Stanton and Ackerman also have a working paper out on their own economics model (CRED) that is based on DICE but is meant to address the various shortcomings they identified. Again, I've just glanced at it, but this one statement just caught my eye on Stanton's site announcing it:
What the model shows is that the most cost-effective way to reduce global emissions and maximize the yield of “green” investment is to target developing countries: Because the impact of every dollar is bigger in a lower-income economy, shifting capital from rich to poor regions has the best payoff.So, er, even if the other models show the most cost-effective solutions are X, the modellers get to override X with Y if X disagrees with their worldview? And its the climate modellers that get accused of fiddling with their models and fine-tuning to get the results they "want"???? Geez...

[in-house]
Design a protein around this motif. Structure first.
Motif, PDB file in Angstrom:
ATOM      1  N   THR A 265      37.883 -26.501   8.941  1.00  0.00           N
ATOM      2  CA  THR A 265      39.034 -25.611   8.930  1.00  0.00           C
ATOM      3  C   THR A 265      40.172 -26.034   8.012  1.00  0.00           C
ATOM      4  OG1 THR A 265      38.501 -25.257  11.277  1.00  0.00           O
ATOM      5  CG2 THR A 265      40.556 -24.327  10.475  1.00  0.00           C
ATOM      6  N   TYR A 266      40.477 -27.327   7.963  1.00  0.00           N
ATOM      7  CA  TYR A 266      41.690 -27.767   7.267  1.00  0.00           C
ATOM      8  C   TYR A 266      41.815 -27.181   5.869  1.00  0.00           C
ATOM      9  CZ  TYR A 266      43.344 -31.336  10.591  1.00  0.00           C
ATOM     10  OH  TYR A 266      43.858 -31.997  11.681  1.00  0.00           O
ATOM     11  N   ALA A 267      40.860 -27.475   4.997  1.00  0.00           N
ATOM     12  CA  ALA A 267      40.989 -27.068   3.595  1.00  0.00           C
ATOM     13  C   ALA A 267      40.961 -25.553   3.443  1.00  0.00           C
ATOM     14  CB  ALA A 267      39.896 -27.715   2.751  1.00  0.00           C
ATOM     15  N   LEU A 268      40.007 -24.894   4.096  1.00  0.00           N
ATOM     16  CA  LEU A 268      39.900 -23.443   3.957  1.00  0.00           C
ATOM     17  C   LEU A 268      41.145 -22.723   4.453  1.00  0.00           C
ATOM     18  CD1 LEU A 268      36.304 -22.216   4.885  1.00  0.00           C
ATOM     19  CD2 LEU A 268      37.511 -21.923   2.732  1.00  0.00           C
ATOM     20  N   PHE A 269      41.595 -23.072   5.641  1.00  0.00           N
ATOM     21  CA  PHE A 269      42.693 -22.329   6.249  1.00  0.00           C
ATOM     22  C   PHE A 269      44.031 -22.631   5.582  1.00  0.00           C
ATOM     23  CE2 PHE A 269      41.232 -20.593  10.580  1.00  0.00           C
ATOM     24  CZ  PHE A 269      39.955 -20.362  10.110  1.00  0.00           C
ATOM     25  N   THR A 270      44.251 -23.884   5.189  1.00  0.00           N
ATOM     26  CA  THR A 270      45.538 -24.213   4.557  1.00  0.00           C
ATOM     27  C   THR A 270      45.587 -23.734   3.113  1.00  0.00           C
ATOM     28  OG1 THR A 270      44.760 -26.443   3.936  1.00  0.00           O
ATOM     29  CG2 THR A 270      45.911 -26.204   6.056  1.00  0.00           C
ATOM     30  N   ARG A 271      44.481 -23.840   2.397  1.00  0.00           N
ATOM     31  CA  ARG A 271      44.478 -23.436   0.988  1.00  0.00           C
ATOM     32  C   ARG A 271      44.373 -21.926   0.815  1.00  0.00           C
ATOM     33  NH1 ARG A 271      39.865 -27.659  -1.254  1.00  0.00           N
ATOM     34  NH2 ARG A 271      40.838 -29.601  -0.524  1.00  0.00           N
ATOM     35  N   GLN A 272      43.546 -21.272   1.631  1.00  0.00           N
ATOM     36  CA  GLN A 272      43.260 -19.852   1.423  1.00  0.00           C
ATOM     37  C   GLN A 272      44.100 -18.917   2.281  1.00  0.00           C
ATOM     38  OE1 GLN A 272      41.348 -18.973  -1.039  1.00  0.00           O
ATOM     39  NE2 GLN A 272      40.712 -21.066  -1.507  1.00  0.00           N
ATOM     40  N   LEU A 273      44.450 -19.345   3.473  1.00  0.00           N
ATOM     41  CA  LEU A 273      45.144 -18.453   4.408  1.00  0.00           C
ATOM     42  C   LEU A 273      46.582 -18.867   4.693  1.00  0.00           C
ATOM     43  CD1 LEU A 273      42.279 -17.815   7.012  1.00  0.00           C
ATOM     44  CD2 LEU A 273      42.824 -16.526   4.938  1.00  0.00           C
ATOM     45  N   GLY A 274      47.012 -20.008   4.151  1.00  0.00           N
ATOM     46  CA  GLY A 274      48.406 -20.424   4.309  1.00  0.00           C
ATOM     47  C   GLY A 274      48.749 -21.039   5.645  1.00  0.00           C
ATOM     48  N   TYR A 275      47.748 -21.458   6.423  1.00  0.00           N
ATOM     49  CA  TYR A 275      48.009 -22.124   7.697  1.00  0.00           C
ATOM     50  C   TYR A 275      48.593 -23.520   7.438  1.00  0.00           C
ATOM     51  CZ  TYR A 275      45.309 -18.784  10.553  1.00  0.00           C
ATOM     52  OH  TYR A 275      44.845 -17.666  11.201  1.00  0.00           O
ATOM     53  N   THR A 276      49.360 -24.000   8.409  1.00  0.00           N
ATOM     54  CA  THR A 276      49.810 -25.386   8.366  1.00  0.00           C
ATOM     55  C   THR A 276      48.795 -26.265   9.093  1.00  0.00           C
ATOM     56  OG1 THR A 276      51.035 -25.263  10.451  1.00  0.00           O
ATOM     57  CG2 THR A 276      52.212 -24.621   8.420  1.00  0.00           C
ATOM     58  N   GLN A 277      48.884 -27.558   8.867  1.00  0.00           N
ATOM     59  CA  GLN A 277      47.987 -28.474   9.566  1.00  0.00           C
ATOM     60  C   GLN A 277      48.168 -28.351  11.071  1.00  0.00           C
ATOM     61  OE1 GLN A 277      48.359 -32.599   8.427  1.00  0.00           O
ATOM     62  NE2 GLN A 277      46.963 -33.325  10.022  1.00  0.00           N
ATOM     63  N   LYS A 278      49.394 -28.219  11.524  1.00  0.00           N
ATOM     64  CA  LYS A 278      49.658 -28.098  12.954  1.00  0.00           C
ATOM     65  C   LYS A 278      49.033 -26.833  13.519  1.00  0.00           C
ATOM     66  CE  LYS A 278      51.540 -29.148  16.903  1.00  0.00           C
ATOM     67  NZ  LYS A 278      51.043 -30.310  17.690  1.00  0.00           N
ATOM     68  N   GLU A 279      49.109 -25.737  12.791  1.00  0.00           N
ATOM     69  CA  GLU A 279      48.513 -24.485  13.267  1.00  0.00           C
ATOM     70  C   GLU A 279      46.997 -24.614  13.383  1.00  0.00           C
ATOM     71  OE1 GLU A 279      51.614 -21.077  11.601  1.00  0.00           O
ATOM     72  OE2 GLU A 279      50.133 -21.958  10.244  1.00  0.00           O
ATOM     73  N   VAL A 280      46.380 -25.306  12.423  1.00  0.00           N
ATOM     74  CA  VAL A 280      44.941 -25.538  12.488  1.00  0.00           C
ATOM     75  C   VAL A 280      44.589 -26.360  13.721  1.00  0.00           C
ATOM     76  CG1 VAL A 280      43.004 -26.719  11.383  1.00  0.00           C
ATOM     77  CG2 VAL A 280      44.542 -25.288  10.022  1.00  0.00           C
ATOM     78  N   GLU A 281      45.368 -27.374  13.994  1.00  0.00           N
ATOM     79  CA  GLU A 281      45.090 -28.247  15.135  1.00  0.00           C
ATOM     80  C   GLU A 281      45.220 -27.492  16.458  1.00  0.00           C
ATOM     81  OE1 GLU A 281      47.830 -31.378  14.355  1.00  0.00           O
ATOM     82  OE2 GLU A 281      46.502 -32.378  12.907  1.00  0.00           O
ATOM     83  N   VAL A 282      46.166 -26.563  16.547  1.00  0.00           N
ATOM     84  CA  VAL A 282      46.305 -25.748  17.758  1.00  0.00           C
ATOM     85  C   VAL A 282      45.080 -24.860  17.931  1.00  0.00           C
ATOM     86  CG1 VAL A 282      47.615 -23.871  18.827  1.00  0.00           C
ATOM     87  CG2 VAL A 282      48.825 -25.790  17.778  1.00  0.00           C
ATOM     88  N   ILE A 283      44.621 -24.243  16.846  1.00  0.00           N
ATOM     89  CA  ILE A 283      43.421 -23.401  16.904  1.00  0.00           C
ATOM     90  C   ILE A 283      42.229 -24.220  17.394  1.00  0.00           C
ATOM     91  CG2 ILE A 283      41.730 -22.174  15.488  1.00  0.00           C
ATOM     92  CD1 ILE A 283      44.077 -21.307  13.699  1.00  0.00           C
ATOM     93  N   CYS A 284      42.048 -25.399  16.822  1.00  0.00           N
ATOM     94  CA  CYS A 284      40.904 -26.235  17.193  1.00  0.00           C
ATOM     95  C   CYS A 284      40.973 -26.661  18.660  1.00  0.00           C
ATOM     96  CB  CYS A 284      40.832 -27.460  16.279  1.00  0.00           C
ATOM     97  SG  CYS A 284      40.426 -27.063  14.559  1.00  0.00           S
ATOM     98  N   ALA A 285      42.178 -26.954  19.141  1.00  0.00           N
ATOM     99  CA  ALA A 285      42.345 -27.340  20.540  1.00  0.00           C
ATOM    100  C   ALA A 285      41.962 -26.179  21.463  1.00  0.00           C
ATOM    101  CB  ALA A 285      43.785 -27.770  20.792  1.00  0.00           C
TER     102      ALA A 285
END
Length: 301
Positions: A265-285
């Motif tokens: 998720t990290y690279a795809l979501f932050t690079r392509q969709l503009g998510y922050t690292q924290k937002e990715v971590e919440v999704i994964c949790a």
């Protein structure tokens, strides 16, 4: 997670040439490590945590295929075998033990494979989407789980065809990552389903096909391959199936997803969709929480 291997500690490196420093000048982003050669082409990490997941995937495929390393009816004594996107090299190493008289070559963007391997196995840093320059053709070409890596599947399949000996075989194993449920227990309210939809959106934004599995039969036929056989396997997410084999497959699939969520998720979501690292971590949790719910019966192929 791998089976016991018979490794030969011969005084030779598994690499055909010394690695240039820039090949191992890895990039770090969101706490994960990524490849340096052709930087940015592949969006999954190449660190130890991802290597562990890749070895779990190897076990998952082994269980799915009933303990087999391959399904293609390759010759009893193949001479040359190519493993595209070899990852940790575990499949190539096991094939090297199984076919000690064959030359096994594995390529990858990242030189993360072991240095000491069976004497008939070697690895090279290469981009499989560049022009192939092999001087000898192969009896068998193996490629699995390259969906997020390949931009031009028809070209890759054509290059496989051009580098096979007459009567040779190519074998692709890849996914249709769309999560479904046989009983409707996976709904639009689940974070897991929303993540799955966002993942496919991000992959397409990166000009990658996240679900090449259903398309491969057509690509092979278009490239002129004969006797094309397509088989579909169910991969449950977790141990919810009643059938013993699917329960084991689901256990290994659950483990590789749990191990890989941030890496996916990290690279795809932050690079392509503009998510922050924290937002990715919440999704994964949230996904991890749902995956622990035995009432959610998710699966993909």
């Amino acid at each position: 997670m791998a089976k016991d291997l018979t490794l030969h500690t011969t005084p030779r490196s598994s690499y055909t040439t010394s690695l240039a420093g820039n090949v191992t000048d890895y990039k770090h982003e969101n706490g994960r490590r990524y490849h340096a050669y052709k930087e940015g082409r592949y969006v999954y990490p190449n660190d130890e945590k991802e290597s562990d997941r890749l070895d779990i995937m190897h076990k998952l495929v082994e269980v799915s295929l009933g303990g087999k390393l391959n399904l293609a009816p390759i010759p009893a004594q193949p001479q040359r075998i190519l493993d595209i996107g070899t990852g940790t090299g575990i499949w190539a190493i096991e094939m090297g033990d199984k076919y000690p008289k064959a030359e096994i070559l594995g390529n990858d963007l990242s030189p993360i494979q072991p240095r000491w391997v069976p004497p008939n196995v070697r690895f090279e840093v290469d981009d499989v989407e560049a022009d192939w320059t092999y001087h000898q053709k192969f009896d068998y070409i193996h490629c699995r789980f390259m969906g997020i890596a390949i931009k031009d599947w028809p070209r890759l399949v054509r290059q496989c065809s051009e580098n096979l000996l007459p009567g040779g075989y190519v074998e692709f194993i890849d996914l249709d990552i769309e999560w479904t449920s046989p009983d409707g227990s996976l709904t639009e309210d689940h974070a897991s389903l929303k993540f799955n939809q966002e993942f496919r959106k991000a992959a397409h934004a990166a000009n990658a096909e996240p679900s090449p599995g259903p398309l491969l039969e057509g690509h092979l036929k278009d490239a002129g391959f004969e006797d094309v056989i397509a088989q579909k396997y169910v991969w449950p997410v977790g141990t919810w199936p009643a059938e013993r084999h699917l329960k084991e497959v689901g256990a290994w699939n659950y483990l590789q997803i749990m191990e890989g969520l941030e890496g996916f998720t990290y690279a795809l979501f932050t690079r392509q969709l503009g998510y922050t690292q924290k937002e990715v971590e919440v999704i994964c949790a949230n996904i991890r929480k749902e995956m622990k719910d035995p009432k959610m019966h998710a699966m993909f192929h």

Developing nations have advocated this approach for years, but industrialized nations have resisted, not wanting climate mitigation to become a vehicle for the redistribution of wealth. In fact, widely used economic models specifically correct for this “problem,” and focus on climate solutions that leave global inequality untouched by design.
Rust also notes, in giving me permission to share this, that "all I am going on right now is their say-so... I suspect entirely valid but you know - caveat emptor!"
Anyone out there have any insight into this?